Buddha's words teach that wisdom comes when we aren't self-preoccupied (and trying to gain attention). Without our ego in the way, we won't be agitated by fears of 'not good enough' or resentments that someone else exceeds our knowledge or skill. We can be happy for our abilities and personal triumphs without needing to compare them to prove our worth. The benefits of wisdom and peace will always beat the front page news.
[Note: Some translations of the Dhammapada provide only verse numbers without chapters, and some provide chapter numbers. I'm using chapter : full text verse; the translation is by Gil Fronsdal.]

Sunday, April 23, 2017

Corrupted or Clear Mind

This week I'll be using the Stone Tarot, a self-published deck by Alison Stone. I may also dip into her book of tarot poems (Ordinary Magic), although it wasn't written as a companion book. The oracle I'll be using is the Buddhist Quote Cards, painted and published by Diana Altenburg. Even though she has spiritual quotes (from John Lennon to Lao Tzu) on the back of the cards, I have decide to pair each card with a verse from the Dhammapada (a Buddhist text). Today's draws are the Two of Wands and Dhammapada 1:1:
           Two golden rods seem to be blocked behind a chair-like object. I was surprised to see the drab colors in this card; most of this deck is done in intense, jewel tones. But there is a method behind Stone's use of color in this Two of Wands. It can feel like looking through murky water when trying to make a decision about what to do and how to do it. Stone's poem for this card describes the choice of Hans Rey, a Jewish illustrator and author, who fled Paris before the Nazis arrived. He and his wife had to decide the best way to leave without detection; they finally managed to gather enough parts to make two bikes. One of the few things they took with them was a manuscript for the children's book Curious George. The verse for the Buddhist Quote Card reads:
 All experience is preceded by the mind, led by mind, made by mind. Speak or act with a corrupted mind, and suffering follows as the wagon wheel follows the hoof of the ox. 
The 'Law of Attraction' folks have twisted the words of the Buddha to mean 'positively think it - get it.' But this is not even close to the truth he points out. As Bodhipaksa explains, "The Buddha’s view on positive thinking was that if it violates reality, it’s worthless." Instead, Buddha taught that if we habitually respond to life with aversive or grasping thoughts and emotions (Ex: "This isn't fair - I can't live life this way!" or "I must have things this way to be happy!"), then suffering will follow us like a shadow. When presented with a choice, I must question my thoughts and emotions and see if they are based in facts or simply assumptions with no hard evidence to back them up. Then my actions will be responses rather than reactions.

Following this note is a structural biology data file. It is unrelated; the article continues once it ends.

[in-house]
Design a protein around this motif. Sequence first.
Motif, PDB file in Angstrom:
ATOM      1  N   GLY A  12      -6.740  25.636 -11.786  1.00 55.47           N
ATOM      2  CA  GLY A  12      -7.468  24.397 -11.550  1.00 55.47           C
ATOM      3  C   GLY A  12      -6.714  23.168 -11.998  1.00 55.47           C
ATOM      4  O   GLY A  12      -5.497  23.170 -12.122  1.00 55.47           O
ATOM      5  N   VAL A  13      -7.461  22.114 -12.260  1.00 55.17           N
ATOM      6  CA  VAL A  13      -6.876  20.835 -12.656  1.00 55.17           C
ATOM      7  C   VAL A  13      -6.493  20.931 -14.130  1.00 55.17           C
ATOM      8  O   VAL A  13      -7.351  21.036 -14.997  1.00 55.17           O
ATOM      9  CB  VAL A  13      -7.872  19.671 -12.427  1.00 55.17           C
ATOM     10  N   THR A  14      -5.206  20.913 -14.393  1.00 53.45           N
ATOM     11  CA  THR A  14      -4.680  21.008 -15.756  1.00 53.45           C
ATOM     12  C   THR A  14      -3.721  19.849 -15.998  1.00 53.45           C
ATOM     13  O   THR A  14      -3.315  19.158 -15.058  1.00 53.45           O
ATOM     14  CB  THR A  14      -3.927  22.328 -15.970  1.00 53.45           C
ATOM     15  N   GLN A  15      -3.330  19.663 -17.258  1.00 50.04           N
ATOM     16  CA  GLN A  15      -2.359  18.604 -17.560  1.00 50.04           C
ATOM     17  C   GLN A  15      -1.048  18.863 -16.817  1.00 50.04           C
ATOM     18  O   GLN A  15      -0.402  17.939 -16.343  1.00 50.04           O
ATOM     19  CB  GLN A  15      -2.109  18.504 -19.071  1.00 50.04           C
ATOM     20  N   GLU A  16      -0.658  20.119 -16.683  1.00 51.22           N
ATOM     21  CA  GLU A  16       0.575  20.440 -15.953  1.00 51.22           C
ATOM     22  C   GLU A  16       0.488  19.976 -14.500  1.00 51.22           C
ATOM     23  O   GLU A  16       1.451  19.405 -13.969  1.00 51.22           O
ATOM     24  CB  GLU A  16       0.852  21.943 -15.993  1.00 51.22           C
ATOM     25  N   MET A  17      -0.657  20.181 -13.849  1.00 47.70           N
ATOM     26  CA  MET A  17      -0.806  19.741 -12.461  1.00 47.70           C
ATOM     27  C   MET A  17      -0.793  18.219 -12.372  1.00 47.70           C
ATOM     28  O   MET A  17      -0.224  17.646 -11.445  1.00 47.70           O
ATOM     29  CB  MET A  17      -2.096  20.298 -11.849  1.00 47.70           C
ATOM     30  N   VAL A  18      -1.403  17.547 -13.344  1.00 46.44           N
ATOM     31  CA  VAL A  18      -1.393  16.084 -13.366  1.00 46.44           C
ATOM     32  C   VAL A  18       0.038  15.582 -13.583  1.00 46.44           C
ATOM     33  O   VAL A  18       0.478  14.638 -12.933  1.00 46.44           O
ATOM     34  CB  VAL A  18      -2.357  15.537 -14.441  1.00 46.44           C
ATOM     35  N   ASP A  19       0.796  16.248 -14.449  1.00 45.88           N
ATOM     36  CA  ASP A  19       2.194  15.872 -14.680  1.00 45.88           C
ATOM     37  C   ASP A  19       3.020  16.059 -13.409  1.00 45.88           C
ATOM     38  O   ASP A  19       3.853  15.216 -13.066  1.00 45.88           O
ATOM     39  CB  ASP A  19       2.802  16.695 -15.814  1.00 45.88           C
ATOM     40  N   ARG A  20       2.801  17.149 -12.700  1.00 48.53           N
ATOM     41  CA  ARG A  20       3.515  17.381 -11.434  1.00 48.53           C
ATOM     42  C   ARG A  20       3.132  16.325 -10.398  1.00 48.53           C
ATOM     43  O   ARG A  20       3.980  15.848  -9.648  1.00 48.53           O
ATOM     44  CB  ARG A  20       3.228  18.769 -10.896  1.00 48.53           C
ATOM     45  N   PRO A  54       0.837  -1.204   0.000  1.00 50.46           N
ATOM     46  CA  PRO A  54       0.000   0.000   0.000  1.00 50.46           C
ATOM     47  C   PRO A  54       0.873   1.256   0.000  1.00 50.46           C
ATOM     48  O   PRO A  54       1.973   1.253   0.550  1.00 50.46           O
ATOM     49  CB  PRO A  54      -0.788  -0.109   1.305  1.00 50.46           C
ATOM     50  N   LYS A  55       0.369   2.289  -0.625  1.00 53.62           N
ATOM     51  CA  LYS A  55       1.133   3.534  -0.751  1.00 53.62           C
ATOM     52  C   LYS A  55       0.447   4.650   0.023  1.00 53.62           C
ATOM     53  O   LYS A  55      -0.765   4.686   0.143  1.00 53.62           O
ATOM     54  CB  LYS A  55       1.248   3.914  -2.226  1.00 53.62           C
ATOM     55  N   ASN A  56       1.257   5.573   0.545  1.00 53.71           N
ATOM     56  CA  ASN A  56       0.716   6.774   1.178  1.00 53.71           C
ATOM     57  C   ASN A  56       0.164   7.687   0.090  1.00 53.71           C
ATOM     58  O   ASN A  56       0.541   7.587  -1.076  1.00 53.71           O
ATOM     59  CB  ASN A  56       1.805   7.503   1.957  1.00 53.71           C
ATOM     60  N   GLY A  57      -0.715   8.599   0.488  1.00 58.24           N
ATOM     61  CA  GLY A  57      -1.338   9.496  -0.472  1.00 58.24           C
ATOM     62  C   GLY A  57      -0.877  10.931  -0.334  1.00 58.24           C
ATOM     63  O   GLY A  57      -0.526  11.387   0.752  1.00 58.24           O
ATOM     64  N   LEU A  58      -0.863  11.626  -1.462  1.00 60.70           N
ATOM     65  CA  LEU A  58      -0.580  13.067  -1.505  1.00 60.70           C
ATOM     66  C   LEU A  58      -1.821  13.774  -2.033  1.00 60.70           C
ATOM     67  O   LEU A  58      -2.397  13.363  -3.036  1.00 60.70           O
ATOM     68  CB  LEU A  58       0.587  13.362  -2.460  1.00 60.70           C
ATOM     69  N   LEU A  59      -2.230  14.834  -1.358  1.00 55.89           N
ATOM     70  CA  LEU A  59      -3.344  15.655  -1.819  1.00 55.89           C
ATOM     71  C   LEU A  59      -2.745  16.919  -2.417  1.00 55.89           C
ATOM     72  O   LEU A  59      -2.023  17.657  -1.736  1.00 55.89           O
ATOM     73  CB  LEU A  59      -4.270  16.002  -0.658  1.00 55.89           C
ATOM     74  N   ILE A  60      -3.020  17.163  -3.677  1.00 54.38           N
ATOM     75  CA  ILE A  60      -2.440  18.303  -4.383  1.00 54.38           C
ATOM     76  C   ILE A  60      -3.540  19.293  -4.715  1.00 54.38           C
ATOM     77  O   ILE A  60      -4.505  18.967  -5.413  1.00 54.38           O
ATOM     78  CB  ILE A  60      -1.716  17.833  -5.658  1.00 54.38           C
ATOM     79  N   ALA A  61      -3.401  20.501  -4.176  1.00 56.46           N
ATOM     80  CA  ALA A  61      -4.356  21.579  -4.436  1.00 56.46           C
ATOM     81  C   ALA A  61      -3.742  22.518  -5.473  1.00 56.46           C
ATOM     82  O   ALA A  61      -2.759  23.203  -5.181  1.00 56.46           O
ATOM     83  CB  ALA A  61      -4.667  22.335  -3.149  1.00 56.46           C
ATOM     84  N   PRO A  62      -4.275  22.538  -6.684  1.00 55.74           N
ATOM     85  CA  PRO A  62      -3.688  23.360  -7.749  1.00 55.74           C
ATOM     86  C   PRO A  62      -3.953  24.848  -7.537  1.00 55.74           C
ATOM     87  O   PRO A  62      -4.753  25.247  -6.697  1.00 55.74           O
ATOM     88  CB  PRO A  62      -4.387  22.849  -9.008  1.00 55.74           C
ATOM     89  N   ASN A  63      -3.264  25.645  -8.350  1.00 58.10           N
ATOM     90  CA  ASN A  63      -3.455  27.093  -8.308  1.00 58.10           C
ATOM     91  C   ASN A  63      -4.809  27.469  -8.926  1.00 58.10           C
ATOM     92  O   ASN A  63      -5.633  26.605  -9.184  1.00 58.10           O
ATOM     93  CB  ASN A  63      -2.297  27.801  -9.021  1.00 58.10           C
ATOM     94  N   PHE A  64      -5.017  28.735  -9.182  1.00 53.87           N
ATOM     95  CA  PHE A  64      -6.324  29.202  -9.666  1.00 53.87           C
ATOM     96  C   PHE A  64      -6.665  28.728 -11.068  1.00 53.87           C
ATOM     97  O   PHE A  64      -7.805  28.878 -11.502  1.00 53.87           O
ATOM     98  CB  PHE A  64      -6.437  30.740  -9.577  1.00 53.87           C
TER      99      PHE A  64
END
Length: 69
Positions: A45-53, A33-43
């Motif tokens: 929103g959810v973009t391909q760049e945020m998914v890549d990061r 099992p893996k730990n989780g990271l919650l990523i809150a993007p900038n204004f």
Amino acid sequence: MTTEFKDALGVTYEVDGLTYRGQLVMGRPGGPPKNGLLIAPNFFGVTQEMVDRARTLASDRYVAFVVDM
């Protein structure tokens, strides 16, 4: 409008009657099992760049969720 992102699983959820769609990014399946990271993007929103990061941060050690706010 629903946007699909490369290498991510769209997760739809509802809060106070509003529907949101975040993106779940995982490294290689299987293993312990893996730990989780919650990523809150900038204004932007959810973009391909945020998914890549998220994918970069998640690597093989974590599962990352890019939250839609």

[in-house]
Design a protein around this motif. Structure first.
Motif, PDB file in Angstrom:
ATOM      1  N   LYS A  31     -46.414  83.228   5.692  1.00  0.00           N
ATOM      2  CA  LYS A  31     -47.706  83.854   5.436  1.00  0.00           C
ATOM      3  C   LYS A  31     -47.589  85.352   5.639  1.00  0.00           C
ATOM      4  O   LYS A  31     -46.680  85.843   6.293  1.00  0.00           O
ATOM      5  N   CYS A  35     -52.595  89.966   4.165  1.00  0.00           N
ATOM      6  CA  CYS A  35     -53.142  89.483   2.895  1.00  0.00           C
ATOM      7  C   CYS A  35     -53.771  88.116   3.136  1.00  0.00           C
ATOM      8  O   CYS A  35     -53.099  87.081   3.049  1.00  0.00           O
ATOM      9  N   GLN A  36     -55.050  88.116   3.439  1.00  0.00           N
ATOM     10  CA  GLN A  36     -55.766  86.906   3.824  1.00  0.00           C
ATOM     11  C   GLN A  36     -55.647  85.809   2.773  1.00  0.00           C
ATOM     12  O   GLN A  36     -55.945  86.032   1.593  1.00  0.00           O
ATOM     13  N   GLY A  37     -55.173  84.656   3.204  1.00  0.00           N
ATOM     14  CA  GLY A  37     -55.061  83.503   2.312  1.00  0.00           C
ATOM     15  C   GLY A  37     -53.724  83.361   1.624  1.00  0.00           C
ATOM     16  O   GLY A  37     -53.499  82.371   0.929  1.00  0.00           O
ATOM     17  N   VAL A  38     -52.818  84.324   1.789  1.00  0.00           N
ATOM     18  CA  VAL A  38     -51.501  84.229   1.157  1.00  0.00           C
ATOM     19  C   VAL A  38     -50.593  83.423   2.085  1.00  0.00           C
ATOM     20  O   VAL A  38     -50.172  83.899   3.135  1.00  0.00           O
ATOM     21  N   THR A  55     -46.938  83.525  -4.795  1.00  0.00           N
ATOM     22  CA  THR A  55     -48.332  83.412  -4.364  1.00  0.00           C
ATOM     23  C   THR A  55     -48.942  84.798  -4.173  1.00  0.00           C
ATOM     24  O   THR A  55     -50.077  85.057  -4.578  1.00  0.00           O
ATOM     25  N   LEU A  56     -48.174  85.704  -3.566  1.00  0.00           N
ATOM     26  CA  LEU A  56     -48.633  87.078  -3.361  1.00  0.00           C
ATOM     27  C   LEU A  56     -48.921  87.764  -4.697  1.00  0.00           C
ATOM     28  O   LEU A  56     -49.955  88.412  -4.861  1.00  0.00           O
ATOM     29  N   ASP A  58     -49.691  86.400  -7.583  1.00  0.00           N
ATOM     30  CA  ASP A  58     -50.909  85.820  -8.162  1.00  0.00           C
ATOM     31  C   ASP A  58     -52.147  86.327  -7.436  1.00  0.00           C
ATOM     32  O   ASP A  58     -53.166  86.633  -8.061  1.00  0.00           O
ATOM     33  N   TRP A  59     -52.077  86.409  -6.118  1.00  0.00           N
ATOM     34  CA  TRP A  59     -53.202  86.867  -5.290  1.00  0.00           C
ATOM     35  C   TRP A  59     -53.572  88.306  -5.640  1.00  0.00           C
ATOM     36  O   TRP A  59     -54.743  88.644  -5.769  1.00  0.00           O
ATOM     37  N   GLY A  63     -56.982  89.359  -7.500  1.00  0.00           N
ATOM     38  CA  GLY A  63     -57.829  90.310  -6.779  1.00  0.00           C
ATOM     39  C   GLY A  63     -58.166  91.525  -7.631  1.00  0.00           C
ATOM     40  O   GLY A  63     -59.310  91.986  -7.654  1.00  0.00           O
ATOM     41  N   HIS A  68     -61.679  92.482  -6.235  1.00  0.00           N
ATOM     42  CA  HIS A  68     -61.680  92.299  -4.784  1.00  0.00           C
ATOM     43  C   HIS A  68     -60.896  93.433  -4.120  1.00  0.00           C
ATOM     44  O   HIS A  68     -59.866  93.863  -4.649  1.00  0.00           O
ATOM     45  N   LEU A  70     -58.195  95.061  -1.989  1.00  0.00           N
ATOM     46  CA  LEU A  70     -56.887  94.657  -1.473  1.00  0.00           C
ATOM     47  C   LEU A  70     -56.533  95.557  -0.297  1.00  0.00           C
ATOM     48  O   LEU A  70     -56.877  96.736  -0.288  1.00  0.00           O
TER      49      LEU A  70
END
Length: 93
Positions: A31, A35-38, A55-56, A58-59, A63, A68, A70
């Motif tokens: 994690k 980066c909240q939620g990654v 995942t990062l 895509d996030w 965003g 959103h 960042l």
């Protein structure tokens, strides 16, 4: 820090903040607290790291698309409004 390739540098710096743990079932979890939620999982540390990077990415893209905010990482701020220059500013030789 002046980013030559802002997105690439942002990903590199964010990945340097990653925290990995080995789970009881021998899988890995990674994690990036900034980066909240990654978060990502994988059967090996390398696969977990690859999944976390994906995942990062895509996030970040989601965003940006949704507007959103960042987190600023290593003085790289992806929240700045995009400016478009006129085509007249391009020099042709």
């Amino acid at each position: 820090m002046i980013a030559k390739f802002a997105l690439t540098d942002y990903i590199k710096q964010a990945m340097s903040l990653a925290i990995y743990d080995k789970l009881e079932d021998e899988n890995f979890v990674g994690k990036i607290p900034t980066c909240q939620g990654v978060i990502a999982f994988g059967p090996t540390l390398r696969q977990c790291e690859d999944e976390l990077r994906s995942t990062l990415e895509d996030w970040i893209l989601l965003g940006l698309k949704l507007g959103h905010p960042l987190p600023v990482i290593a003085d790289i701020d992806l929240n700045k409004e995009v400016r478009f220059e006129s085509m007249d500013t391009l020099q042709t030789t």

Saturday, April 22, 2017

Bundle Up

From the Tarot of the Cat People, the Ten of Pentacles; from the Sacred Geometry Oracle, the Octagram:
          This card made me think of two things. The first was how unusual it is these days for a family business to be passed on to the next generation, and for that next generation to be able to have success with it. Second was to wonder when domesticated animals became pets (and a part of the family) rather than a simply useful tool. The Octagram is described by Greer as a "symbol of interactions between two firmly established forces or factors." These two sides don't need a guardian or keeper because they can click along just fine on their own. But combined, they become a stronger and more resilient force. They support each other rather than become a drain on the other. These cards remind me of the teaching tale of the bundle of sticks; one can be easily broken, but together they are sturdy and durable.